Molecular characterization of arthropod-borne hematozoans in wild mammals from Brazil, Venezuela and Spain
A survey of Babesia, Theileria and Hepatozoon was conducted in wild mammals, including the capybara (Hydrochaeris hydrochaeris; n = 14) from Brazil, the jaguar (Panthera onca; n = 2) and crab-eating raccoon (Procyon cancrivorus; n = 4) from Venezuela, and the red deer (Cervus elaphus; n = 70), red squirrel (Sciurus vulgaris; n = 5) and Eurasian pine marten (Martes martes; n = 3) from Spain. Diagnostic procedures included both microscopy and molecular methods (PCR and sequencing of the 18S rRNA gene). Microscopic examination of blood smears revealed no hematozoan infections — unlike the molecular analyses. Nine Brazilian capybaras were found to be infected with Hepatozoon canis (prevalence 64%), two of which were coinfected with a previously unknown babesid (prevalence 14%) loosely related to Theileria equi (90% 18S rRNA gene similarity according to BLAS® analysis). One jaguar and one crab-eating raccoon from Venezuela were infected by H. canis. Four of the red deer were infected with theilerids (5.7% prevalence), two with Theileria sp. and two with T. annulata. One red squirrel and three pine martens were infected with Hepatozoon sp. The isolate form the red squirrel was phylogenetically related to Hepatozoon sp. reported in Spanish bank voles, whereas those infecting the pine martens were related to Hepatozoon felis reported in Spanish cats. In conclusion, the molecular findings show that some non-canid mammals are carriers of H. canis in South America, while red deer may carry T. annulata in Europe. Small mammals in Europe appear to be unlikely hosts of H. canis and H. felis.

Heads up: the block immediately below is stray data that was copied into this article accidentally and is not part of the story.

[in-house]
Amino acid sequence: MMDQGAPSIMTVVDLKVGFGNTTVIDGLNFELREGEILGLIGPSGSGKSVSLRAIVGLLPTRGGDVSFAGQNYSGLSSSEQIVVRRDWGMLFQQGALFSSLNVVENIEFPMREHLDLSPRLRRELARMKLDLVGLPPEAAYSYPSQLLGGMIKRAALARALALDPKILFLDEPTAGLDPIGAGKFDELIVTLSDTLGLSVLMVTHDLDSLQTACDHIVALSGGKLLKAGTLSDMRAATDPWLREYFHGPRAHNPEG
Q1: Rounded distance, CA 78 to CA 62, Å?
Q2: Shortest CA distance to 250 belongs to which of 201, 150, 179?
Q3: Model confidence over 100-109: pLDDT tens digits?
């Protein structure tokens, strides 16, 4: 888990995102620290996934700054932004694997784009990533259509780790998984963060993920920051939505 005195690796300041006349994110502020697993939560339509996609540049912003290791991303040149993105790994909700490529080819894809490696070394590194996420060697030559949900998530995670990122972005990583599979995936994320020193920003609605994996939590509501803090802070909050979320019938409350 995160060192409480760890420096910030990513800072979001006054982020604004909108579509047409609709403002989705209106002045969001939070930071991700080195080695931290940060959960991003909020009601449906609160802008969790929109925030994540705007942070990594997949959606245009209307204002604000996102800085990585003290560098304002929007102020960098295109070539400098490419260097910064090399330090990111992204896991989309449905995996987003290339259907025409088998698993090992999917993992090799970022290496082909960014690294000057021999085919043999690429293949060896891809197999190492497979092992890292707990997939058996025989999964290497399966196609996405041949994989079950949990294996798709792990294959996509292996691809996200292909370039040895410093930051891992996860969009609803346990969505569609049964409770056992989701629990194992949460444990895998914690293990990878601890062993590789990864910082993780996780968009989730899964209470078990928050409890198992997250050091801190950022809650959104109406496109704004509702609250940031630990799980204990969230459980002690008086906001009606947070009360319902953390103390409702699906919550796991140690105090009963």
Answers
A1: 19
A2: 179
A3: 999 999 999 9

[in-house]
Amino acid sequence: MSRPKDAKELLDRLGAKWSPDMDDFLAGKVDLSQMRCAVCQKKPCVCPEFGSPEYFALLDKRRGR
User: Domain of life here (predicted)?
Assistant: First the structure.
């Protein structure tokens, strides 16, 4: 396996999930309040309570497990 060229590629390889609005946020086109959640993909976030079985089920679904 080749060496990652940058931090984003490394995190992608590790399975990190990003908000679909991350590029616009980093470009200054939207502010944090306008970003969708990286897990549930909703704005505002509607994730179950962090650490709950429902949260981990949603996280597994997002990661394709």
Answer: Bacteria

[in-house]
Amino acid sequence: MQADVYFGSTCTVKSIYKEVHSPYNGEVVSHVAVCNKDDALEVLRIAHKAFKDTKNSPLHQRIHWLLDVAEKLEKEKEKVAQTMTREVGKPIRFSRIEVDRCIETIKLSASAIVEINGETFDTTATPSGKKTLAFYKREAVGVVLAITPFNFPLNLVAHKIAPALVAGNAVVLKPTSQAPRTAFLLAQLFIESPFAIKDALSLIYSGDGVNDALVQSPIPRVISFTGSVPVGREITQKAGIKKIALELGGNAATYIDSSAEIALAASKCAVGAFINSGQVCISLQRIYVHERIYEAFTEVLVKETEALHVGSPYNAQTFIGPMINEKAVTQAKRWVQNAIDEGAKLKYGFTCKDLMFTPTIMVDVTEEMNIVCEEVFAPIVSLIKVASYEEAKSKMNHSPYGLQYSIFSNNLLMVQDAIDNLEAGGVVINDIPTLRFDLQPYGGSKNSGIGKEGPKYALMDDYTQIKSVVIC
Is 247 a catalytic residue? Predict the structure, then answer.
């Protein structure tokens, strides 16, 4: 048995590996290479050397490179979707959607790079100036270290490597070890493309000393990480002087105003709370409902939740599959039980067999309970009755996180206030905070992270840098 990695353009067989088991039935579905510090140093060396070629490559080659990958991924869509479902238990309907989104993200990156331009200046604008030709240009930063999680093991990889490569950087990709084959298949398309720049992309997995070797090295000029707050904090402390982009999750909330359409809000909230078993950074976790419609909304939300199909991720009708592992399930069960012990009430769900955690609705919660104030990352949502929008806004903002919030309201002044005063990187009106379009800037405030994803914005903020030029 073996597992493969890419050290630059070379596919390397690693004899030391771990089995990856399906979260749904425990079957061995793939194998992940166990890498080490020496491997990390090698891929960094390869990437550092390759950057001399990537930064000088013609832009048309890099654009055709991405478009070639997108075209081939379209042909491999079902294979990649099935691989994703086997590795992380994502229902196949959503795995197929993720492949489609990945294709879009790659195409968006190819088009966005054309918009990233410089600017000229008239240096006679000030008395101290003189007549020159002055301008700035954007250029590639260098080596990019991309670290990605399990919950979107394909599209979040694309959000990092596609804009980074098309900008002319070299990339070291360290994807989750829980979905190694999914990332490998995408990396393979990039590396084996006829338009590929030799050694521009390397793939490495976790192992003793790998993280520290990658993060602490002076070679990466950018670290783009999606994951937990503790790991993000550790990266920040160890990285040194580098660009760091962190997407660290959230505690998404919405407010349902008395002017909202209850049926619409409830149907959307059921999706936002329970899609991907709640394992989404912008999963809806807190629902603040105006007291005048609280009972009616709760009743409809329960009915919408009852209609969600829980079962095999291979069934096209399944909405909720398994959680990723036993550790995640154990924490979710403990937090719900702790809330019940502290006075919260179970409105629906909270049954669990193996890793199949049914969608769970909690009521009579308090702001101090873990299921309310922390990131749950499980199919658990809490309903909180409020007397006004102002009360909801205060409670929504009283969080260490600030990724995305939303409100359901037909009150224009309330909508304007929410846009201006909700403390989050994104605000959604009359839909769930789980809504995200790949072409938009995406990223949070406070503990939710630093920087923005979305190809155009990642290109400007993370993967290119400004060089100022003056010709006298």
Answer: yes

KeywordsProtozoa Babesia Hepatozoon Theileria phylogeny wildlife
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